6. Coaching input – Belichick is the top dog, final voice and main man in New England. But he has new understudies in new roles in 2012. Josh McDaniels is back running the show on offense. It looks like he might want to run the ball a bit more, maybe use fullbacks and tight ends a bit more. The spread sets may not be quite so spread. But clearly the passing game will still be the bread and butter in New England. On defense all the new talent is being coordinated by Matt Patricia, who finally got the title to go with the job this offseason. Belichick spent a lot of time working with the defense in practice this summer, but it will be interesting to see how his time is spent and focused on the field during a regular season game. There is no reason to think there will be any issues in terms of coaching or communication with the familiarity of the "new" coordinators on both sides of the ball, but it is worth watching as the pace picks up with the real action.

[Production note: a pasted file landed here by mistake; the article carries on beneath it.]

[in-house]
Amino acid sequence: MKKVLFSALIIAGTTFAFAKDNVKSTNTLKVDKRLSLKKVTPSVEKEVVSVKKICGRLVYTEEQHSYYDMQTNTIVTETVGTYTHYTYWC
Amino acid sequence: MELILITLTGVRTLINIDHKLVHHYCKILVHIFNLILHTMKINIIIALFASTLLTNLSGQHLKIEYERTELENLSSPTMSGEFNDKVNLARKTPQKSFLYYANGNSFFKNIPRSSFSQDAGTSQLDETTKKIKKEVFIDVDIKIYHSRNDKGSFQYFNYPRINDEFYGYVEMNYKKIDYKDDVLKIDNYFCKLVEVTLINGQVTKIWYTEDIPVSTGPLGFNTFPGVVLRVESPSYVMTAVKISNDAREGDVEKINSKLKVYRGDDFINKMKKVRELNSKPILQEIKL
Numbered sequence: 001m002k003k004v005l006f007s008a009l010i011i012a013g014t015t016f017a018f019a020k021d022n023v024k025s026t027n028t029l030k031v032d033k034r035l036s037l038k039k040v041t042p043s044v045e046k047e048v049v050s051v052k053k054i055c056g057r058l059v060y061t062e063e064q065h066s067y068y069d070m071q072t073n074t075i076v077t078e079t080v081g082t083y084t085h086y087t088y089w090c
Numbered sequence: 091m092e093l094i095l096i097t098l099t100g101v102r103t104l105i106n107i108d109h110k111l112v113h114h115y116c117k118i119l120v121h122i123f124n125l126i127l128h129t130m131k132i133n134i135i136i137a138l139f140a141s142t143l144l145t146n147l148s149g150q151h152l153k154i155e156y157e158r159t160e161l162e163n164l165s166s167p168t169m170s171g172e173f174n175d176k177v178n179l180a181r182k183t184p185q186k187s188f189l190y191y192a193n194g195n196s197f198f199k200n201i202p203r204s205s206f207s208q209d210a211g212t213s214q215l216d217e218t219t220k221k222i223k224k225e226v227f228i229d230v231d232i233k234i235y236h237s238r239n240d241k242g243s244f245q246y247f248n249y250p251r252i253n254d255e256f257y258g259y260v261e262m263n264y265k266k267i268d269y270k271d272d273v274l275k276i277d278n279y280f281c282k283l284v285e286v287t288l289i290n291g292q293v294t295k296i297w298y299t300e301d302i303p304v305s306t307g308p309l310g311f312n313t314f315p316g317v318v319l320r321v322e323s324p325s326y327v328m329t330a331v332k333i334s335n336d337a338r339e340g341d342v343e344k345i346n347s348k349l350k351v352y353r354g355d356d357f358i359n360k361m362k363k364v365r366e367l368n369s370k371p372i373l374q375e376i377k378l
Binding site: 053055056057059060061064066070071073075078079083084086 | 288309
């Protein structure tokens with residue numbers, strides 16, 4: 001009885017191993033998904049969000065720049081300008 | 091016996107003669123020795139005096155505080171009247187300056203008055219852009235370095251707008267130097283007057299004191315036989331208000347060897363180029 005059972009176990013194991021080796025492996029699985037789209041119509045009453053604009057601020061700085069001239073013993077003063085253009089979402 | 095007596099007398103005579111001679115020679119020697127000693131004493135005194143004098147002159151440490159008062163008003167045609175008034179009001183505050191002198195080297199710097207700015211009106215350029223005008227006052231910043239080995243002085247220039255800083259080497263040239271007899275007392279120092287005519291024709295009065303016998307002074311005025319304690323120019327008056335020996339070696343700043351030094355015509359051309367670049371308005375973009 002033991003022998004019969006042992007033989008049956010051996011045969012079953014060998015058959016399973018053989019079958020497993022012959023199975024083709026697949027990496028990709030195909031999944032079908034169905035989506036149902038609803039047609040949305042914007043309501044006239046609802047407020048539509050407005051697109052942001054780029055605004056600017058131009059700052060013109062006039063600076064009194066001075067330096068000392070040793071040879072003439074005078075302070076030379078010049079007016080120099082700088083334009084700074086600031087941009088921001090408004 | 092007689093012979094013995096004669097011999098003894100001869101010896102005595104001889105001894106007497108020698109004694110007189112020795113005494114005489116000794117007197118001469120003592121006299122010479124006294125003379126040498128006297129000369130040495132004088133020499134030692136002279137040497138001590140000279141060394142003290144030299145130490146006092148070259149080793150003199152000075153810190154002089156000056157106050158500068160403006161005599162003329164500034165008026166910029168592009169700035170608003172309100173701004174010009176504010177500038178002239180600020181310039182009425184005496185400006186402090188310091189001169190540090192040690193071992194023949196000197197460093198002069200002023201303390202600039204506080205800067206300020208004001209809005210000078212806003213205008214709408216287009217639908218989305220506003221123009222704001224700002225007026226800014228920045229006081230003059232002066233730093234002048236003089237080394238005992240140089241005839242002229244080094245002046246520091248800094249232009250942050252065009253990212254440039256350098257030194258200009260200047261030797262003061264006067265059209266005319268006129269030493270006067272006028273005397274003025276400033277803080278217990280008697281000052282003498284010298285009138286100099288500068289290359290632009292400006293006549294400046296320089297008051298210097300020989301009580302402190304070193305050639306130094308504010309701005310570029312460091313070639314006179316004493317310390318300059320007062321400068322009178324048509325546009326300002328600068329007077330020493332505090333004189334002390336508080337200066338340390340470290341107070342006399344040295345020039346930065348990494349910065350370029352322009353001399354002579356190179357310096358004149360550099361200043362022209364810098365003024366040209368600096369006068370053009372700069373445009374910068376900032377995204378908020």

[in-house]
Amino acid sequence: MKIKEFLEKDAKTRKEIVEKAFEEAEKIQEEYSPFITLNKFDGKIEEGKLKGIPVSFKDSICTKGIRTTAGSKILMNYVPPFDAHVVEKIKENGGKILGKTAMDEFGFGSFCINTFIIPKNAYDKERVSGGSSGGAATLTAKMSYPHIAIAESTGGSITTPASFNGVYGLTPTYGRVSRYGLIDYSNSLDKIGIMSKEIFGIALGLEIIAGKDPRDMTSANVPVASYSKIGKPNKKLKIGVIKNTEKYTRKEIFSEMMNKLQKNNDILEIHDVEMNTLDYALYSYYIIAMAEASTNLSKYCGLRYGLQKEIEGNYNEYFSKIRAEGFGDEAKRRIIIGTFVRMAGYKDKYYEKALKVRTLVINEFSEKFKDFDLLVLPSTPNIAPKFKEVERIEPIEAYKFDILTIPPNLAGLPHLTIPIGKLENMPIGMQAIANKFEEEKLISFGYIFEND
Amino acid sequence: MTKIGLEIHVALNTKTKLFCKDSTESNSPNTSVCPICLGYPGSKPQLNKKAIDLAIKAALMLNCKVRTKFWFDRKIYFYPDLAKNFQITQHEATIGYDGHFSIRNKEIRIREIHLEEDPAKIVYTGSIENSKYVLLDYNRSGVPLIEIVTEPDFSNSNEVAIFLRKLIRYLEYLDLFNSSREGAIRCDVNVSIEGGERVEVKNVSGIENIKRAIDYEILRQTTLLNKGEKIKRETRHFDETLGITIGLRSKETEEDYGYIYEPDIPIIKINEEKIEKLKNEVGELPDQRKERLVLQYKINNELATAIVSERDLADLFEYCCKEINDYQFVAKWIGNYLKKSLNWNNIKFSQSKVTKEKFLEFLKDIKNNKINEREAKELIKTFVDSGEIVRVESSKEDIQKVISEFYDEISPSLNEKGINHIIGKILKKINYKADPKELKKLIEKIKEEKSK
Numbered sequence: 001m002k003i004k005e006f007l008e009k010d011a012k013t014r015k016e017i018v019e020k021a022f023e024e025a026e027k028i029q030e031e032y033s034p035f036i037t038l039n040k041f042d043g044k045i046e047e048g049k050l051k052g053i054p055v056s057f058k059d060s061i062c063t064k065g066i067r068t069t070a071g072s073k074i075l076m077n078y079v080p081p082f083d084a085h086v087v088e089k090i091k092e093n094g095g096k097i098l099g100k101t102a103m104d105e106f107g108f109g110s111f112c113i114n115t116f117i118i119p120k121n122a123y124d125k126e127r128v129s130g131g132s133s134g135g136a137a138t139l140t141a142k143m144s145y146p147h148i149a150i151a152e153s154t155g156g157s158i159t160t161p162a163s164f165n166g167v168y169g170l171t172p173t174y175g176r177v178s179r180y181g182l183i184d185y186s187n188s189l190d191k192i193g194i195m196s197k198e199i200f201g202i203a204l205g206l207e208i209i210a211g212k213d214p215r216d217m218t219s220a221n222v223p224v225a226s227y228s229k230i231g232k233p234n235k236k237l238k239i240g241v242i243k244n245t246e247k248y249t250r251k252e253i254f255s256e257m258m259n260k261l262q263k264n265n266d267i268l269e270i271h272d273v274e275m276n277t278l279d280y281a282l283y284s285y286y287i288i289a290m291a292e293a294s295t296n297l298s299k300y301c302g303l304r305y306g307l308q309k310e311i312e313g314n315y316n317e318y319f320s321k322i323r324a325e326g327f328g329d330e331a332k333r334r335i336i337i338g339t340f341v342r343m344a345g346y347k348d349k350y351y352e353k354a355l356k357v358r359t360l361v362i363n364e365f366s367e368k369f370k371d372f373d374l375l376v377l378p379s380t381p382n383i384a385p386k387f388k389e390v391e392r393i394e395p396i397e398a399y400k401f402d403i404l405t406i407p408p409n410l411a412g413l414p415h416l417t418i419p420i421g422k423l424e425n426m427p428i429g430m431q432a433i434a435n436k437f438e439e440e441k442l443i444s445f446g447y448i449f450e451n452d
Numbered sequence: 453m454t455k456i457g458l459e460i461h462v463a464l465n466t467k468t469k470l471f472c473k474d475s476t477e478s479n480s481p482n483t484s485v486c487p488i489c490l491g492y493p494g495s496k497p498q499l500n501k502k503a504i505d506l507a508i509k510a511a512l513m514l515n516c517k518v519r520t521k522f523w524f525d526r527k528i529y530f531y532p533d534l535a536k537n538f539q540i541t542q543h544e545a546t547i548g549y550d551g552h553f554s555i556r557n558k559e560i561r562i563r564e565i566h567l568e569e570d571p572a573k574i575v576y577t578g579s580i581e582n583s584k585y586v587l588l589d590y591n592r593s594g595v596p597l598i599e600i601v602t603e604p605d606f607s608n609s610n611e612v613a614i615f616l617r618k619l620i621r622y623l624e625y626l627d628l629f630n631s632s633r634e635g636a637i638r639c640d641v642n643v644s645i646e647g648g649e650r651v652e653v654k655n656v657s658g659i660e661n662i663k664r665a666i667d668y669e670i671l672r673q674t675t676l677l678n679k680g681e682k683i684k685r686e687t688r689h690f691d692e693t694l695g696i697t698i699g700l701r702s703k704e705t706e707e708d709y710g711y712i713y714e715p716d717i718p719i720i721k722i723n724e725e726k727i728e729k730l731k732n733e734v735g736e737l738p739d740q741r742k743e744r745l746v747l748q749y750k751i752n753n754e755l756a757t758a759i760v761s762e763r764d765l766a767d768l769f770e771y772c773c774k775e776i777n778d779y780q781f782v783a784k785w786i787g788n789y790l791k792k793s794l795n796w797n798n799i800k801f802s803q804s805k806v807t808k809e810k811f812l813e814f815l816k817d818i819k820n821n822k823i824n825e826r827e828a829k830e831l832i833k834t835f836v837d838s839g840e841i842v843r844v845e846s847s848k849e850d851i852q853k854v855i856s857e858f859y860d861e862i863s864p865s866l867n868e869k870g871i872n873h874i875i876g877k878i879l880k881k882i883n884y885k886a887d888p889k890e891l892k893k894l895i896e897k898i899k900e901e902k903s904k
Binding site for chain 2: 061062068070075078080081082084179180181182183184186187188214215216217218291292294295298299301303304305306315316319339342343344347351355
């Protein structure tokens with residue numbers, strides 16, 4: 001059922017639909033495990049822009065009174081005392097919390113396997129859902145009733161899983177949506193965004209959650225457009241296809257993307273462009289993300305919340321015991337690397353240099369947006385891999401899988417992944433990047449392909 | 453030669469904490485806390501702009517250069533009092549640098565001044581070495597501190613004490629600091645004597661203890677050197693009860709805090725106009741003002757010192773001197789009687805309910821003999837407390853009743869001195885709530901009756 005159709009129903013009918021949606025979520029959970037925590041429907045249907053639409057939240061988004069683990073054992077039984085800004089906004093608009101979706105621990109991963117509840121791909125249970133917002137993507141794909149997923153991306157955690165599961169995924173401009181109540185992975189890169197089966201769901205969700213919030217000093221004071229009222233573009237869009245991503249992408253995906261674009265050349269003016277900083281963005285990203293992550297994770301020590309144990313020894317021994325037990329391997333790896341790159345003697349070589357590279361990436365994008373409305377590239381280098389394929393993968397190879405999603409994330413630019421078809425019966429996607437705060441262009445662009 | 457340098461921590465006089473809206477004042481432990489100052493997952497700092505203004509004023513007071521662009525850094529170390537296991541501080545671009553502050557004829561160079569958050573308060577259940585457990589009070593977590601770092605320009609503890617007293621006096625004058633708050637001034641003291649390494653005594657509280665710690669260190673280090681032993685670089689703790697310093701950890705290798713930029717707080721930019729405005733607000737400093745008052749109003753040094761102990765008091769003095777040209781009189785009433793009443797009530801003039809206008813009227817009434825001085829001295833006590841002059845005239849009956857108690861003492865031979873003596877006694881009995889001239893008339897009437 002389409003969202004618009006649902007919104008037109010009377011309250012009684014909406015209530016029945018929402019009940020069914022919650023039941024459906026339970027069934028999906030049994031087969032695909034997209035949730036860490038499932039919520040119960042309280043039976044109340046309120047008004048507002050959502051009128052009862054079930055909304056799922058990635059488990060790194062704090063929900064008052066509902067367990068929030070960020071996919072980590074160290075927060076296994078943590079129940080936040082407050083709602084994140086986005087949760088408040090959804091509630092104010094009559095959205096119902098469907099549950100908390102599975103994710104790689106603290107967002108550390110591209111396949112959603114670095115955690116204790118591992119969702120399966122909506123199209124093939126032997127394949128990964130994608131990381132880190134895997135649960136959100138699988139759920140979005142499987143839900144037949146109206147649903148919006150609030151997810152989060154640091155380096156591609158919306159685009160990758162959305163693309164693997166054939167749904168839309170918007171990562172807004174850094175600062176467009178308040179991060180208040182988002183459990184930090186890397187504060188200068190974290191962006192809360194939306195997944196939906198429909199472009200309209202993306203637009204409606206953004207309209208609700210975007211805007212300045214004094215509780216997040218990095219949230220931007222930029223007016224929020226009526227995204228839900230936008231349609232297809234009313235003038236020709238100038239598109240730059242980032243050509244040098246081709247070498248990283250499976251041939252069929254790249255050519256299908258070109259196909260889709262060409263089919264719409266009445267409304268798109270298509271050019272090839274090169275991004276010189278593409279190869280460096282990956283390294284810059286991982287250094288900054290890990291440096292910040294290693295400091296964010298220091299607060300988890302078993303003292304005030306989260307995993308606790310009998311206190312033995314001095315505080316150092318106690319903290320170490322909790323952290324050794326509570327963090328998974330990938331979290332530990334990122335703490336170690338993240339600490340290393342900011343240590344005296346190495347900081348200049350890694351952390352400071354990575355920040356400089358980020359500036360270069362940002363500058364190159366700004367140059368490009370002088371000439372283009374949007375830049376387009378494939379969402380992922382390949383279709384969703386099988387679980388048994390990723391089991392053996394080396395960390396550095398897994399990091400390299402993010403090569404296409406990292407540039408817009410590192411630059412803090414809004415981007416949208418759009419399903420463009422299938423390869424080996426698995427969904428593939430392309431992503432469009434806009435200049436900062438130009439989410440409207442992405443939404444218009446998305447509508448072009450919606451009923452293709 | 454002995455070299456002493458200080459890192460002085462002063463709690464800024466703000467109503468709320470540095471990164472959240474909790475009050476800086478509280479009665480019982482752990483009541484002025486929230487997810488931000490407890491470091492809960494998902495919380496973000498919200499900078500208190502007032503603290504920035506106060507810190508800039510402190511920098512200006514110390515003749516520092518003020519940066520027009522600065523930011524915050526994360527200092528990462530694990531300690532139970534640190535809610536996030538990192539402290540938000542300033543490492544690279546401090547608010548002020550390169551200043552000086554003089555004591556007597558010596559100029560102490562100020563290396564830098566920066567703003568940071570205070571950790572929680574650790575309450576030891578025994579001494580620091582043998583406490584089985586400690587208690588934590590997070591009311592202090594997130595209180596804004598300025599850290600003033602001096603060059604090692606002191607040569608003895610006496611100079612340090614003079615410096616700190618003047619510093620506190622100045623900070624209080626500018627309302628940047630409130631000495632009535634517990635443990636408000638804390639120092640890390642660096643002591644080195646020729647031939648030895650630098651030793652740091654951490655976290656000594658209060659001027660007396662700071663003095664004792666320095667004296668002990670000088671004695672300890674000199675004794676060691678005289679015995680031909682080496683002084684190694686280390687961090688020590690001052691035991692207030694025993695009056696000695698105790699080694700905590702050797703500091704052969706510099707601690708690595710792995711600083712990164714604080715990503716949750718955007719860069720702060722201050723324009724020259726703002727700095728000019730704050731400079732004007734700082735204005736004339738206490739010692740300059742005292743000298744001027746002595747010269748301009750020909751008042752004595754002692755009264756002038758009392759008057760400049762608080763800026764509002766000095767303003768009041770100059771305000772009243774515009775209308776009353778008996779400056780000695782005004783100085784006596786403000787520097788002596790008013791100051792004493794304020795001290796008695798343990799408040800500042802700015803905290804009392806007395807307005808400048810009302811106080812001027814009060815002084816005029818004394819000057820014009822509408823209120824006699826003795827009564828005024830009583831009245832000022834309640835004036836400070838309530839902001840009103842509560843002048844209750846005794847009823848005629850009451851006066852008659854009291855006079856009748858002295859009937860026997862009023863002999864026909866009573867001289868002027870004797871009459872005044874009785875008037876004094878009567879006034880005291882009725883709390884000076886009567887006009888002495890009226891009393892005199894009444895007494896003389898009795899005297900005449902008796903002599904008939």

While many media members may make a big deal about the replacement officials, I'm glad I made it through a six-pack without focusing on how the fake zebras will alter the game. I don't think they will, not much anyway. I'm focused on the unknown of the new season and the matchups on the field. That leads me to believe that we'll see Brady and his offense move the ball against what I think is really just an average defense. As long as Solder gets his job done (fingers crossed!) I think the Patriots will build a lead that will make life on the defense much easier. That will make life on the Titans, especially Locker, more difficult. Johnson scares me, but that's about it. I think the Patriots will hold Johnson in check, force a couple field goals and have a relatively easy road to a 28-13 victory. Nice first effort to get the season rolling.